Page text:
Dedicated or off-the-shelf ERP system - which to choose?

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Every company, when planning its growth, asks itself whether its own system is an obstacle to further market exploration. If it answers this question in the affirmative, then the next step should be to replace it. And this is where the problem arises.

The wealth of offerings from software suppliers does not leave an easy choice. Because what works for a trading company will not necessarily cover the processes of a production company. And standard solutions do not always take into account the specific needs of a given company. On the other hand, non-standard add-ons and modifications, which are a response to a specific problem of a company, firstly, cost money, and secondly, reduce the stability of the system, e.g. when there is a need to update it. How do you make a wise choice between customised and standard solutions? What should you be guided by? Let us take a look at this problem.

Simple ERP system choices in the past versus today

Many Polish companies that are currently on the market owe their beginning to the change of regime. Their inception dates back to the 1990s. At that time, the choice of systems was very limited and narrowly specialised. Sales companies had industry-specific software at their disposal, as did the financial, service or manufacturing industries. This was when the term 'turnkey system', known as a 'boxed system', first appeared.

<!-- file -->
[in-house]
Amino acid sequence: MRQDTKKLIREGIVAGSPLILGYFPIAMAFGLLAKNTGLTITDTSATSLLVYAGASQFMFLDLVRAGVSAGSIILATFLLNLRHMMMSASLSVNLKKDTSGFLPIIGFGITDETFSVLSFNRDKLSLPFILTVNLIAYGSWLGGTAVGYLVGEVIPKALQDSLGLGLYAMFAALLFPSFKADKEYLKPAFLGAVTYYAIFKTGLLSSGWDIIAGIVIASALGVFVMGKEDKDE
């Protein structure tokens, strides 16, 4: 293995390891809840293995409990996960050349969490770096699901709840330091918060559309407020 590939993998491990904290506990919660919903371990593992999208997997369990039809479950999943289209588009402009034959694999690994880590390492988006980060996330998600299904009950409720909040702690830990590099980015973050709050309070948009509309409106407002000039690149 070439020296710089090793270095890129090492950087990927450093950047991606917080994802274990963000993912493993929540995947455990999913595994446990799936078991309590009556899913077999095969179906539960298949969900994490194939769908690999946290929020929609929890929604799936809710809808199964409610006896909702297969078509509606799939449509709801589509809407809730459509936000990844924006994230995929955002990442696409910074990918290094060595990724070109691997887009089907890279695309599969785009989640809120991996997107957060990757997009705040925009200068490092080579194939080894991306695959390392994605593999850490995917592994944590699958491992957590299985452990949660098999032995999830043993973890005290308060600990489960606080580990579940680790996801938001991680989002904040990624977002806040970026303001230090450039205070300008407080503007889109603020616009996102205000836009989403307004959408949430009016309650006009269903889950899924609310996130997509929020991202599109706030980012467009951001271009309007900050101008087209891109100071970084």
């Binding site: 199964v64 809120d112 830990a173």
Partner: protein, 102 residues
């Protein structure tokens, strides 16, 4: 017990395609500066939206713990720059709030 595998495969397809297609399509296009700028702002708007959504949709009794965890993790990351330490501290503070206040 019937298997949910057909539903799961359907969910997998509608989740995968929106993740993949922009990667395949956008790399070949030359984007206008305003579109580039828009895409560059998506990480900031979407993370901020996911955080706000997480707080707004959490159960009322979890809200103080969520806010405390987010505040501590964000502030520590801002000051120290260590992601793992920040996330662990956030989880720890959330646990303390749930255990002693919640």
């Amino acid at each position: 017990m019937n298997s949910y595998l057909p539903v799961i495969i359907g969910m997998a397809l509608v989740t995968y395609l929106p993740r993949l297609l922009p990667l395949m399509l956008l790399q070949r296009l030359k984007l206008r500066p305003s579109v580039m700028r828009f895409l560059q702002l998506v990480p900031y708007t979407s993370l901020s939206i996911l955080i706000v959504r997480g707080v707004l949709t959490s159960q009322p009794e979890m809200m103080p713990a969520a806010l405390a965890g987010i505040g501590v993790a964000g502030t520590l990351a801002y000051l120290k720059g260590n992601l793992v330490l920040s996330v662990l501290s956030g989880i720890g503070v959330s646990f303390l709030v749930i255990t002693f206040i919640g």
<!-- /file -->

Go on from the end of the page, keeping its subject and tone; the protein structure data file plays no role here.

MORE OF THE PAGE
I started working in the field of business software during this period, so I am familiar with these terms, as well as the database structure based on DBF files. Everything back then was simple, including implementing systems or correcting incorrect data directly in the data files. ERP systems were limited, so transactional logic was also easy to use and administer.

Over time, companies' needs grew and systems had to evolve. Most growing companies relied on an in-house IT department to program proprietary solutions. Everything seemed to fit perfectly - an in-house programming department supported by key people in the company.